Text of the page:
DENVER, Colo. (KREX) — The Colorado Secretary of State’s Office has concluded its investigation into a potential breach of security protocols for voting system equipment in Douglas County. On the morning of Feb. 10, the Colorado Secretary of State Jena Griswold released the following statement.

“After receiving responses from Douglas County, my office is satisfied that there is no current threat to the county’s election system. We have concluded our investigation,” said Secretary Jena Griswold. “As Secretary of State I will always do what is required to ensure that every Colorado voter, no matter their political affiliation, zip code, or amount of money in their bank account can make their voice heard in accessible and secure elections.”

The office was made aware of the potential breach on January 28, 2022. A social media post by Douglas County Clerk and Recorder Merlin Klotz stating “we, as always, took a full image backup of our server before a trusted build was done this year.” was alerted to the office who subsequently emailed Klotz for more information on the matte. Upon receiving no response from Klotz, Griswold then issued an official order requiring the disclosure of information regarding potential copying of the election server, requiring that video surveillance of voting equipment is activated and that no one access the voting equipment unaccompanied. The order was issued on Feb. 3, 2022.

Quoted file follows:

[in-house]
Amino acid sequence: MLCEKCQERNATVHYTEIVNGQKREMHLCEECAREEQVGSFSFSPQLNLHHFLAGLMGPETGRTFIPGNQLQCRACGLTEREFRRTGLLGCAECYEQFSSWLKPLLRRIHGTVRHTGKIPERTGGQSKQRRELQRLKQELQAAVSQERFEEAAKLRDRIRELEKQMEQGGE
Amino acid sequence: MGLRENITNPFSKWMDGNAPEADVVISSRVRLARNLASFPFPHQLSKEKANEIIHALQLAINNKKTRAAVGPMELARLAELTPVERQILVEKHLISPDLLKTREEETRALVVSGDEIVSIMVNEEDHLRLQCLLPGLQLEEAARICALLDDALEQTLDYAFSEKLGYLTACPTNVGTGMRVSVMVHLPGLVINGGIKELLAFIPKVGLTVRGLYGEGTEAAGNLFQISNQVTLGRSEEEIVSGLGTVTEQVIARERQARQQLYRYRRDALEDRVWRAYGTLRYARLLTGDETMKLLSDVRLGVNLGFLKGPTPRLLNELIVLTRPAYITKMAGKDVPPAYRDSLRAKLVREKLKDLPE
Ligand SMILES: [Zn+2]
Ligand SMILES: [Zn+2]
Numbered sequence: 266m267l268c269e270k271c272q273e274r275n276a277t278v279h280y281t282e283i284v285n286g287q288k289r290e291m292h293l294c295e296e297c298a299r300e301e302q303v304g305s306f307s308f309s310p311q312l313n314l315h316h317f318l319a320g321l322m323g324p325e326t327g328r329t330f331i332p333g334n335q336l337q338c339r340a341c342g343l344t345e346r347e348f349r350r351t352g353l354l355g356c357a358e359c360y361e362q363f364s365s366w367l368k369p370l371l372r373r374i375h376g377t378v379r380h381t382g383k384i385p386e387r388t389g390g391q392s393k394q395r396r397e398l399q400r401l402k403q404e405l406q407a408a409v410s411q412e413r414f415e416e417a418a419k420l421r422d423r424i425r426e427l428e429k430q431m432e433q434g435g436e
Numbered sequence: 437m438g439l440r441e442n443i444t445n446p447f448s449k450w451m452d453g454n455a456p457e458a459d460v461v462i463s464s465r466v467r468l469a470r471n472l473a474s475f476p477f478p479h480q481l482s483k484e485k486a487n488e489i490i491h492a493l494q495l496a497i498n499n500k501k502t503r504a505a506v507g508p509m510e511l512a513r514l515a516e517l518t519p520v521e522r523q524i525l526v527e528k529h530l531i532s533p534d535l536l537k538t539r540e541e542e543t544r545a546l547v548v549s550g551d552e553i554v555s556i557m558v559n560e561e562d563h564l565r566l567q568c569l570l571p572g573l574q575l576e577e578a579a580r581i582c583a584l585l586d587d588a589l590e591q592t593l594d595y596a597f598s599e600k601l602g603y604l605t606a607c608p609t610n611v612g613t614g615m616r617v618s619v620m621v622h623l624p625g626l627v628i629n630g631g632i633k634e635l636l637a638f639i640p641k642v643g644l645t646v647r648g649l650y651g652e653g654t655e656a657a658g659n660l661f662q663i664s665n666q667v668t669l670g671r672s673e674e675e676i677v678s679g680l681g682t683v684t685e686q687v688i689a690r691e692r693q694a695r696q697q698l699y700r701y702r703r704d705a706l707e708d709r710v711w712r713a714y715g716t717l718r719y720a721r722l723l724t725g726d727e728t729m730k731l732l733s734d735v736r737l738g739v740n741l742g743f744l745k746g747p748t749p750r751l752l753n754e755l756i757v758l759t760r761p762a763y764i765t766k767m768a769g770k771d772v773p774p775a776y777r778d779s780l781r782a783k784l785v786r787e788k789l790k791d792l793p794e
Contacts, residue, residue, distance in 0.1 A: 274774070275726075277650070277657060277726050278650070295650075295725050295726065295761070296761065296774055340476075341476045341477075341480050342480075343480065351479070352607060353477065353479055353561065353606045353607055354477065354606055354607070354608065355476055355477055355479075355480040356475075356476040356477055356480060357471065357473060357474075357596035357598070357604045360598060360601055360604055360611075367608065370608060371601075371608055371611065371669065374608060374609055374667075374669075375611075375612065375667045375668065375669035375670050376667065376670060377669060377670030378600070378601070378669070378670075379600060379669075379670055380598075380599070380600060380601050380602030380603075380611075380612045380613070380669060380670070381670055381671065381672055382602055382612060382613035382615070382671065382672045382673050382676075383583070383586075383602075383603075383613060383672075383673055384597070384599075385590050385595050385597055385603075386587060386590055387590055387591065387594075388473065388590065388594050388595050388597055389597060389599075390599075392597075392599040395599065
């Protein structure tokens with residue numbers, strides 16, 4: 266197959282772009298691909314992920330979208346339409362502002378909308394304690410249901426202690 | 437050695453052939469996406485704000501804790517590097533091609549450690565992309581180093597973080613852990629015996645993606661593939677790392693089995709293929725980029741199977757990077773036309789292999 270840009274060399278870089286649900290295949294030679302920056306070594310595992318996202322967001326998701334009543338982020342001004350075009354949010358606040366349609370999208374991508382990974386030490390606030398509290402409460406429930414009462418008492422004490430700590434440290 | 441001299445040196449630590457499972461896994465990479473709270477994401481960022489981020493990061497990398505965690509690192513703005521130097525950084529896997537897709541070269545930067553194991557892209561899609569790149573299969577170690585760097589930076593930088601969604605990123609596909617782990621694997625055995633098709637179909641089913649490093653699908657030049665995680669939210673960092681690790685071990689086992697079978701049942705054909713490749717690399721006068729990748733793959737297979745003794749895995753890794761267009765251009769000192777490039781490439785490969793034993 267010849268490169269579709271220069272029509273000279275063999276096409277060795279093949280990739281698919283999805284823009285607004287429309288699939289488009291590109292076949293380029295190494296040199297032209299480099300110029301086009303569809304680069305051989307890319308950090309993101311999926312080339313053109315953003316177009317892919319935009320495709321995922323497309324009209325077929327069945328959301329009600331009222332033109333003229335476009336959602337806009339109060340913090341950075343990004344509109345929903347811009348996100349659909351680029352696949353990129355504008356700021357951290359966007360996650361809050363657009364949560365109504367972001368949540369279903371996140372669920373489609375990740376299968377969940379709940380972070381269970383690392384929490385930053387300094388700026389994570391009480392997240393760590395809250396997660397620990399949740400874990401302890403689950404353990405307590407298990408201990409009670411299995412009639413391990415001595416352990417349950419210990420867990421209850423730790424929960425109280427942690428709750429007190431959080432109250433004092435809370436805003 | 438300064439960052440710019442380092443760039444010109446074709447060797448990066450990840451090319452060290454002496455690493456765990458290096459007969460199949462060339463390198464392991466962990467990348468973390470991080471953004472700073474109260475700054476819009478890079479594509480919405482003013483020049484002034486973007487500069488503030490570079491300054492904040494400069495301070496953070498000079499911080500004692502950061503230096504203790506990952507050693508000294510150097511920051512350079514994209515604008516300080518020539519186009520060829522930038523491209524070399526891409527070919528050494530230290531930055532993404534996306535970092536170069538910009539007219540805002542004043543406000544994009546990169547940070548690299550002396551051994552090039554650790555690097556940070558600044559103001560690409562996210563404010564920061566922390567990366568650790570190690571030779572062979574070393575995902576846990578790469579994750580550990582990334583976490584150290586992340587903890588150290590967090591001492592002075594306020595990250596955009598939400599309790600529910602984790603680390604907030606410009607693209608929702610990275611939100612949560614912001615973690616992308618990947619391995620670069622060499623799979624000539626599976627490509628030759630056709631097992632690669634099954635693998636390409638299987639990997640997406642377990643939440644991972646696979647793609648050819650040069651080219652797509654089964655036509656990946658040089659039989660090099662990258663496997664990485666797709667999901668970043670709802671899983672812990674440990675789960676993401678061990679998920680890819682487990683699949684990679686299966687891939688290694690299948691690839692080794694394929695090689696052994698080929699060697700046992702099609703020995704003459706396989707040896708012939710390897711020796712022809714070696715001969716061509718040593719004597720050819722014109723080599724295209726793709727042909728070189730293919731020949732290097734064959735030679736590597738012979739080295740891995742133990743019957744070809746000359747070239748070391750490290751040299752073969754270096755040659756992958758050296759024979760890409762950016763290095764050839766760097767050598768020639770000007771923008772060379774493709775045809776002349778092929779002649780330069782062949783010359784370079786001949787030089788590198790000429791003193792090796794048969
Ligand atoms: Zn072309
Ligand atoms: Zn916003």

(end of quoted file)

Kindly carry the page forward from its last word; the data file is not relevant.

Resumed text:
Klotz’s response would come five days later on Feb. 8, 2022, in the form of a signed statement from both Klotz and Douglas County Deputy Clerk for Elections Jack Twite as well as a direct letter from Klotz himself. The Douglas County Attorney’s Office presented these on behalf of the county.

The statements attest that Klotz did not have access to the voting equipment. In addition to this, it also stated that only specifically designated and authorized County elections staff have had access to the hardware components of the county’s election systems. Said individuals that did have access were subsequently contacted and confirmed to not have taken any pictures of the hard drives as well as confirming no unauthorized person had physical or system access of any kind at any point.

After reviewing a full year’s worth of access records the county reported that it “detected no unauthorized access”. The building where the voting system hardware is kept was confirmed as secure 24/7 with only one card-controlled access as well. Merlin Klotz has since recanted his statement that an image was taken in the first place.

With the information and cooperation provided by Douglas County satisfying the February 3rd order, the investigation is officially closed. The investigation ultimately concluded that neither Klotz nor any third person had access to create unauthorized images.